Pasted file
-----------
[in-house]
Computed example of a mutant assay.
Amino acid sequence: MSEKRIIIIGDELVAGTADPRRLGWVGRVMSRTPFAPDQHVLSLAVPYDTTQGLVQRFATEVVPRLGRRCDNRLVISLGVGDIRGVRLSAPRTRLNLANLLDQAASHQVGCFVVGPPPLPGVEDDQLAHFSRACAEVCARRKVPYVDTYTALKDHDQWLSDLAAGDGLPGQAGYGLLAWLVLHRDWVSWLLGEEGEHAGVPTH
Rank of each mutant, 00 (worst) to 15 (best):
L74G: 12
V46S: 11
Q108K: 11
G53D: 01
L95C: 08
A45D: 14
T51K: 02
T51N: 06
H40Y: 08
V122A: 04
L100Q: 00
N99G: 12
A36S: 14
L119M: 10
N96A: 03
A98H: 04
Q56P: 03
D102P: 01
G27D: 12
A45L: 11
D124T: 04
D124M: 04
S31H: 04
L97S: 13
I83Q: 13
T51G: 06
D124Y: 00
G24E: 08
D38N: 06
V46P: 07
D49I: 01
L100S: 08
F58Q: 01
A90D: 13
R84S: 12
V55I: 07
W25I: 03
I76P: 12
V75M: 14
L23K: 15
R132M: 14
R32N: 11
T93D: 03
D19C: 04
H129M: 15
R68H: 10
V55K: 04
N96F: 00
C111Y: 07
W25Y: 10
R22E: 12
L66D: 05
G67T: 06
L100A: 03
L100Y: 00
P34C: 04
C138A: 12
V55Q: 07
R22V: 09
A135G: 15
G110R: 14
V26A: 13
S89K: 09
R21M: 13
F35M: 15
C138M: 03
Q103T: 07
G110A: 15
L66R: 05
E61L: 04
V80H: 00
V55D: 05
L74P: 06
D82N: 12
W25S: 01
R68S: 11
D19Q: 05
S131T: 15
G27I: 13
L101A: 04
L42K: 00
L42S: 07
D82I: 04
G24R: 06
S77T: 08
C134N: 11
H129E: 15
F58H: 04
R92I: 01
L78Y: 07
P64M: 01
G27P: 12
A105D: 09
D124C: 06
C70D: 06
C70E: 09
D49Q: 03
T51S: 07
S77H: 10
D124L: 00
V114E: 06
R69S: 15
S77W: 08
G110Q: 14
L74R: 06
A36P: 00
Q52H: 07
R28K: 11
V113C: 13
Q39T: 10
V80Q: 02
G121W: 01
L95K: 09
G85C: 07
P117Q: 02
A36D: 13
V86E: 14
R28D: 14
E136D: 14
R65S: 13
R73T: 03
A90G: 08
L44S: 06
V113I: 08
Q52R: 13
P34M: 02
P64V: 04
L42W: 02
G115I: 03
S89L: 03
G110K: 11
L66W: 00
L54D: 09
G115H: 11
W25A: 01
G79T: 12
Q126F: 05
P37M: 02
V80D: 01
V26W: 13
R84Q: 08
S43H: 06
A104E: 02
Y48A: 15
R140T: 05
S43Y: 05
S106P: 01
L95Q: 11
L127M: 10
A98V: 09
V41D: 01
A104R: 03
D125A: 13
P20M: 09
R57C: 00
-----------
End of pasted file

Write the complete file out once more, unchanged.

[in-house]
Computed example of a mutant assay.
Amino acid sequence: MSEKRIIIIGDELVAGTADPRRLGWVGRVMSRTPFAPDQHVLSLAVPYDTTQGLVQRFATEVVPRLGRRCDNRLVISLGVGDIRGVRLSAPRTRLNLANLLDQAASHQVGCFVVGPPPLPGVEDDQLAHFSRACAEVCARRKVPYVDTYTALKDHDQWLSDLAAGDGLPGQAGYGLLAWLVLHRDWVSWLLGEEGEHAGVPTH
Rank of each mutant, 00 (worst) to 15 (best):
L74G: 12
V46S: 11
Q108K: 11
G53D: 01
L95C: 08
A45D: 14
T51K: 02
T51N: 06
H40Y: 08
V122A: 04
L100Q: 00
N99G: 12
A36S: 14
L119M: 10
N96A: 03
A98H: 04
Q56P: 03
D102P: 01
G27D: 12
A45L: 11
D124T: 04
D124M: 04
S31H: 04
L97S: 13
I83Q: 13
T51G: 06
D124Y: 00
G24E: 08
D38N: 06
V46P: 07
D49I: 01
L100S: 08
F58Q: 01
A90D: 13
R84S: 12
V55I: 07
W25I: 03
I76P: 12
V75M: 14
L23K: 15
R132M: 14
R32N: 11
T93D: 03
D19C: 04
H129M: 15
R68H: 10
V55K: 04
N96F: 00
C111Y: 07
W25Y: 10
R22E: 12
L66D: 05
G67T: 06
L100A: 03
L100Y: 00
P34C: 04
C138A: 12
V55Q: 07
R22V: 09
A135G: 15
G110R: 14
V26A: 13
S89K: 09
R21M: 13
F35M: 15
C138M: 03
Q103T: 07
G110A: 15
L66R: 05
E61L: 04
V80H: 00
V55D: 05
L74P: 06
D82N: 12
W25S: 01
R68S: 11
D19Q: 05
S131T: 15
G27I: 13
L101A: 04
L42K: 00
L42S: 07
D82I: 04
G24R: 06
S77T: 08
C134N: 11
H129E: 15
F58H: 04
R92I: 01
L78Y: 07
P64M: 01
G27P: 12
A105D: 09
D124C: 06
C70D: 06
C70E: 09
D49Q: 03
T51S: 07
S77H: 10
D124L: 00
V114E: 06
R69S: 15
S77W: 08
G110Q: 14
L74R: 06
A36P: 00
Q52H: 07
R28K: 11
V113C: 13
Q39T: 10
V80Q: 02
G121W: 01
L95K: 09
G85C: 07
P117Q: 02
A36D: 13
V86E: 14
R28D: 14
E136D: 14
R65S: 13
R73T: 03
A90G: 08
L44S: 06
V113I: 08
Q52R: 13
P34M: 02
P64V: 04
L42W: 02
G115I: 03
S89L: 03
G110K: 11
L66W: 00
L54D: 09
G115H: 11
W25A: 01
G79T: 12
Q126F: 05
P37M: 02
V80D: 01
V26W: 13
R84Q: 08
S43H: 06
A104E: 02
Y48A: 15
R140T: 05
S43Y: 05
S106P: 01
L95Q: 11
L127M: 10
A98V: 09
V41D: 01
A104R: 03
D125A: 13
P20M: 09
R57C: 00